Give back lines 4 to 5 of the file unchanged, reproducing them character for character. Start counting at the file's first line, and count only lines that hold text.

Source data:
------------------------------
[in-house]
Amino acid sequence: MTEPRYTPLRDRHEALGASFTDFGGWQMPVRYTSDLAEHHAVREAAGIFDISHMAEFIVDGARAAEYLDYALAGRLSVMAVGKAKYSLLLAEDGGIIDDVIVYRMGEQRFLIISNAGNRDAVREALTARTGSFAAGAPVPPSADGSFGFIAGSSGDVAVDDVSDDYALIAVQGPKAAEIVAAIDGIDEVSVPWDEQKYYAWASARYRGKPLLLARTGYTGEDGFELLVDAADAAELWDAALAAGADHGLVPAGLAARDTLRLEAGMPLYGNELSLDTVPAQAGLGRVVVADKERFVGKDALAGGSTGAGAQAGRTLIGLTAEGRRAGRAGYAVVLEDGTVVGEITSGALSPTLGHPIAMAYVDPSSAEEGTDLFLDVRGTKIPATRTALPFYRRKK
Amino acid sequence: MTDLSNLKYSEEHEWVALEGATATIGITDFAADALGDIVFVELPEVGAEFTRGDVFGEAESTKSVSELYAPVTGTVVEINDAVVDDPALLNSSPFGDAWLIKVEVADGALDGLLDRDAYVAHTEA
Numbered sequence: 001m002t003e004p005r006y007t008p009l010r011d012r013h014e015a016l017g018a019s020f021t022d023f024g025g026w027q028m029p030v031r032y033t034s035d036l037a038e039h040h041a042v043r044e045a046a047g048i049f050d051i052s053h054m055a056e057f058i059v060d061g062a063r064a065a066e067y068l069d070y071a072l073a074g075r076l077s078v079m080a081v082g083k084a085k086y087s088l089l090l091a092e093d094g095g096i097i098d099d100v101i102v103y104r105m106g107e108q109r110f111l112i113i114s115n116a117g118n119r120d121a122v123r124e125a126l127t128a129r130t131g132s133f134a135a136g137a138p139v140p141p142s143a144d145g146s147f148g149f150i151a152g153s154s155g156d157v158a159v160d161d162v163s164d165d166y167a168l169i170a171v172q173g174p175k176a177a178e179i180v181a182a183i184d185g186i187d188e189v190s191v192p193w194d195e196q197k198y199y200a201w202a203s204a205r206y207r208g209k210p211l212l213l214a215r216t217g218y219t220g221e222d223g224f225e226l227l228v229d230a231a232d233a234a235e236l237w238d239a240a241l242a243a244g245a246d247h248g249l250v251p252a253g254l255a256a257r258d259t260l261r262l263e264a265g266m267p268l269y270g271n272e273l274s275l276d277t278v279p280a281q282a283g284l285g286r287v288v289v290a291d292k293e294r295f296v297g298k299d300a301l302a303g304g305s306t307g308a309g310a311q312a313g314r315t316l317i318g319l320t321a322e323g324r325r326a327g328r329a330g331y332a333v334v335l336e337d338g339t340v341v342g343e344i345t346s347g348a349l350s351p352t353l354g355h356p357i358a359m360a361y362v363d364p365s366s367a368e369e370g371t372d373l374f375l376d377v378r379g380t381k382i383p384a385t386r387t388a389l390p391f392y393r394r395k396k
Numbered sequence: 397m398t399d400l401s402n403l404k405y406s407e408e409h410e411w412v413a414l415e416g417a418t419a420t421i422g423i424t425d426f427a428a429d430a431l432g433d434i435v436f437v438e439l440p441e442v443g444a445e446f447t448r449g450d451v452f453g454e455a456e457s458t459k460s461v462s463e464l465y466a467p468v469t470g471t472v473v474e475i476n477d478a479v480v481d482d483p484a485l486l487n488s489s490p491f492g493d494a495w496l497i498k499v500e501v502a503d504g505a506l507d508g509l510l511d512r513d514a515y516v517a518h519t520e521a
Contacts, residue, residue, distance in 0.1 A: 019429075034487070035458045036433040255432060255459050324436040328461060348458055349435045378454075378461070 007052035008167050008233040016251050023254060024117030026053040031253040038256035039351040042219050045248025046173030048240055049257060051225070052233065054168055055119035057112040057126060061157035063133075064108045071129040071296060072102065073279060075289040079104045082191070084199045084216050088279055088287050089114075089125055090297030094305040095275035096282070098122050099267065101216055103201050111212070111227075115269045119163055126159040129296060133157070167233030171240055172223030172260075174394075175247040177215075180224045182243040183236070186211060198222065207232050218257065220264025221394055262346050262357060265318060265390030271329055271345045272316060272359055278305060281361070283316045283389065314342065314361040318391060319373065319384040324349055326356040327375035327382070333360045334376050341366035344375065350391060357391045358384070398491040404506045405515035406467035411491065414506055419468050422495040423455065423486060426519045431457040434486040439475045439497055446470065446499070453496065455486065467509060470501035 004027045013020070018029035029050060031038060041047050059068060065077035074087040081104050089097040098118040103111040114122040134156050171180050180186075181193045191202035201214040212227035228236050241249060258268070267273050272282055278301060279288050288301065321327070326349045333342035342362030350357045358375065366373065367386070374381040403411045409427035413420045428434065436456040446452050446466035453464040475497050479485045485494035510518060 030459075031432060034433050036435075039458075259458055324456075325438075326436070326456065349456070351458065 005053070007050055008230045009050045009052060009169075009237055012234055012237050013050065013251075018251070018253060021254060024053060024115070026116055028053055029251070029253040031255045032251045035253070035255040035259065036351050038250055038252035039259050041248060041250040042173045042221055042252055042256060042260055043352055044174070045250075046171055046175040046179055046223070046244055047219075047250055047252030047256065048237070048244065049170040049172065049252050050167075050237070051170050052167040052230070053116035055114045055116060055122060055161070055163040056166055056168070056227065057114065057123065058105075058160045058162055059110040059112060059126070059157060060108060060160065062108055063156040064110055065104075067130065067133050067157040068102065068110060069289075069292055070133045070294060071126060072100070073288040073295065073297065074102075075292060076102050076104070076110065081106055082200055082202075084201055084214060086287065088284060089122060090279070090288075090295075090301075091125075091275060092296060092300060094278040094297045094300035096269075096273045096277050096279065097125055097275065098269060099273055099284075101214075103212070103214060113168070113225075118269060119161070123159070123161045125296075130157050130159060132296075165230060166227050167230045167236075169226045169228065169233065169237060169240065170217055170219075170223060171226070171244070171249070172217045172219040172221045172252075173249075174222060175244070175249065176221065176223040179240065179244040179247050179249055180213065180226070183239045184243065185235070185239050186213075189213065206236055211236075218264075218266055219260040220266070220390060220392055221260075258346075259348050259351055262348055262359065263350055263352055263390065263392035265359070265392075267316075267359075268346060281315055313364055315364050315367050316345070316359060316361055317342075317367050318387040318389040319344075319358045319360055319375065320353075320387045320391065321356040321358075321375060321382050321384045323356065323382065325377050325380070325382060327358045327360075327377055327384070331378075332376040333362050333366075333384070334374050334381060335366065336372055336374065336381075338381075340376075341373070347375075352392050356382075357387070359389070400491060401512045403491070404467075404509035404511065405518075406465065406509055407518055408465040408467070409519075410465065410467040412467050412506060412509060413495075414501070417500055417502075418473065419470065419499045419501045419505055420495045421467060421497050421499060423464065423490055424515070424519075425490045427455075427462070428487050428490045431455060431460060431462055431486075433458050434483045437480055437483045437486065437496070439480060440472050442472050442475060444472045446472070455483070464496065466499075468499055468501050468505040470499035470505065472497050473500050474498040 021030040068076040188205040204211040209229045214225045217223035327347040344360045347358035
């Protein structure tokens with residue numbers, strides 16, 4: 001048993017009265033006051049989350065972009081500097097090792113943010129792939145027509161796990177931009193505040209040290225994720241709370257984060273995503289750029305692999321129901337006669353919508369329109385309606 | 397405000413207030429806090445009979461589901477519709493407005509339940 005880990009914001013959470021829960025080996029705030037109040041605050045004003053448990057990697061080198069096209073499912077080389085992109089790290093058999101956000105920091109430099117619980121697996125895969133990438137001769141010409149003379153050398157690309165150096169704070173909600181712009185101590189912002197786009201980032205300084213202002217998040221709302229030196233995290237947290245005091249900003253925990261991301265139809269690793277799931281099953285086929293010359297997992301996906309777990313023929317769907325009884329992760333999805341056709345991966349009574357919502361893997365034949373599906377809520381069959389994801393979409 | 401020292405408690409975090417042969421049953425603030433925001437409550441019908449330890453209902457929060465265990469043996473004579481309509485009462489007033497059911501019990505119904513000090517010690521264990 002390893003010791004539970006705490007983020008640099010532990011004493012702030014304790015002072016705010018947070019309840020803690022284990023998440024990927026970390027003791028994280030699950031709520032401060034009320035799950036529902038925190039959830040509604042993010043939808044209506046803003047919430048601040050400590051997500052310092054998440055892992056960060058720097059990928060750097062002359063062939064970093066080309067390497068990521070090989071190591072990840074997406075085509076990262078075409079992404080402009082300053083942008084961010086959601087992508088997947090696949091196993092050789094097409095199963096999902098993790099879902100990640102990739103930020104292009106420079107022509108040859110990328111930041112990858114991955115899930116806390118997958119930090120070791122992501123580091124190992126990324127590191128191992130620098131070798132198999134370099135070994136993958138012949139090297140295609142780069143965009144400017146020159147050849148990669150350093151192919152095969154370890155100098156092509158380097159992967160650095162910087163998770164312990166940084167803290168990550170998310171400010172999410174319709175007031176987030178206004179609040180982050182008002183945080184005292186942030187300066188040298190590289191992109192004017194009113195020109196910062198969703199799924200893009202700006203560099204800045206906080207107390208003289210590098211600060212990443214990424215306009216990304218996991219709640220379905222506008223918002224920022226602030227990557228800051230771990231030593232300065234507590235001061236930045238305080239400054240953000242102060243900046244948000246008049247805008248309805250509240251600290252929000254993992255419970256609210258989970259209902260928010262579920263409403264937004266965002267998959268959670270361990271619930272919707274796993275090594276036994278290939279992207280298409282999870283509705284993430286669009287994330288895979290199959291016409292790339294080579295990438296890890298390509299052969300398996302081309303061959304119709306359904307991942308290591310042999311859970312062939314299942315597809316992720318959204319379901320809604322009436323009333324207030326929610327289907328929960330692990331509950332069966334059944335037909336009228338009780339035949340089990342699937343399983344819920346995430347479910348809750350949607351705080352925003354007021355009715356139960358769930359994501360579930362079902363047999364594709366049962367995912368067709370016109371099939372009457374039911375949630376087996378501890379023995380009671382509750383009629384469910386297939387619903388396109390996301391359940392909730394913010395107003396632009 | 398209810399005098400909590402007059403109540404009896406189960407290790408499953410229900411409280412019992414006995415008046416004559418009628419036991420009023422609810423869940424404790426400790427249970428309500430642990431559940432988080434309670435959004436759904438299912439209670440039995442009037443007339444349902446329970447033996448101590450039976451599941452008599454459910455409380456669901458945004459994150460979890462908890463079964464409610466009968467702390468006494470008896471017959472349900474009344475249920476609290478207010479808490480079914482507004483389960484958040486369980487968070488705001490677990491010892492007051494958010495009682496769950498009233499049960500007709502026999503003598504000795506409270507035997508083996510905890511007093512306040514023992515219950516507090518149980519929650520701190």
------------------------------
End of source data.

Numbered sequence: 001m002t003e004p005r006y007t008p009l010r011d012r013h014e015a016l017g018a019s020f021t022d023f024g025g026w027q028m029p030v031r032y033t034s035d036l037a038e039h040h041a042v043r044e045a046a047g048i049f050d051i052s053h054m055a056e057f058i059v060d061g062a063r064a065a066e067y068l069d070y071a072l073a074g075r076l077s078v079m080a081v082g083k084a085k086y087s088l089l090l091a092e093d094g095g096i097i098d099d100v101i102v103y104r105m106g107e108q109r110f111l112i113i114s115n116a117g118n119r120d121a122v123r124e125a126l127t128a129r130t131g132s133f134a135a136g137a138p139v140p141p142s143a144d145g146s147f148g149f150i151a152g153s154s155g156d157v158a159v160d161d162v163s164d165d166y167a168l169i170a171v172q173g174p175k176a177a178e179i180v181a182a183i184d185g186i187d188e189v190s191v192p193w194d195e196q197k198y199y200a201w202a203s204a205r206y207r208g209k210p211l212l213l214a215r216t217g218y219t220g221e222d223g224f225e226l227l228v229d230a231a232d233a234a235e236l237w238d239a240a241l242a243a244g245a246d247h248g249l250v251p252a253g254l255a256a257r258d259t260l261r262l263e264a265g266m267p268l269y270g271n272e273l274s275l276d277t278v279p280a281q282a283g284l285g286r287v288v289v290a291d292k293e294r295f296v297g298k299d300a301l302a303g304g305s306t307g308a309g310a311q312a313g314r315t316l317i318g319l320t321a322e323g324r325r326a327g328r329a330g331y332a333v334v335l336e337d338g339t340v341v342g343e344i345t346s347g348a349l350s351p352t353l354g355h356p357i358a359m360a361y362v363d364p365s366s367a368e369e370g371t372d373l374f375l376d377v378r379g380t381k382i383p384a385t386r387t388a389l390p391f392y393r394r395k396k
Numbered sequence: 397m398t399d400l401s402n403l404k405y406s407e408e409h410e411w412v413a414l415e416g417a418t419a420t421i422g423i424t425d426f427a428a429d430a431l432g433d434i435v436f437v438e439l440p441e442v443g444a445e446f447t448r449g450d451v452f453g454e455a456e457s458t459k460s461v462s463e464l465y466a467p468v469t470g471t472v473v474e475i476n477d478a479v480v481d482d483p484a485l486l487n488s489s490p491f492g493d494a495w496l497i498k499v500e501v502a503d504g505a506l507d508g509l510l511d512r513d514a515y516v517a518h519t520e521a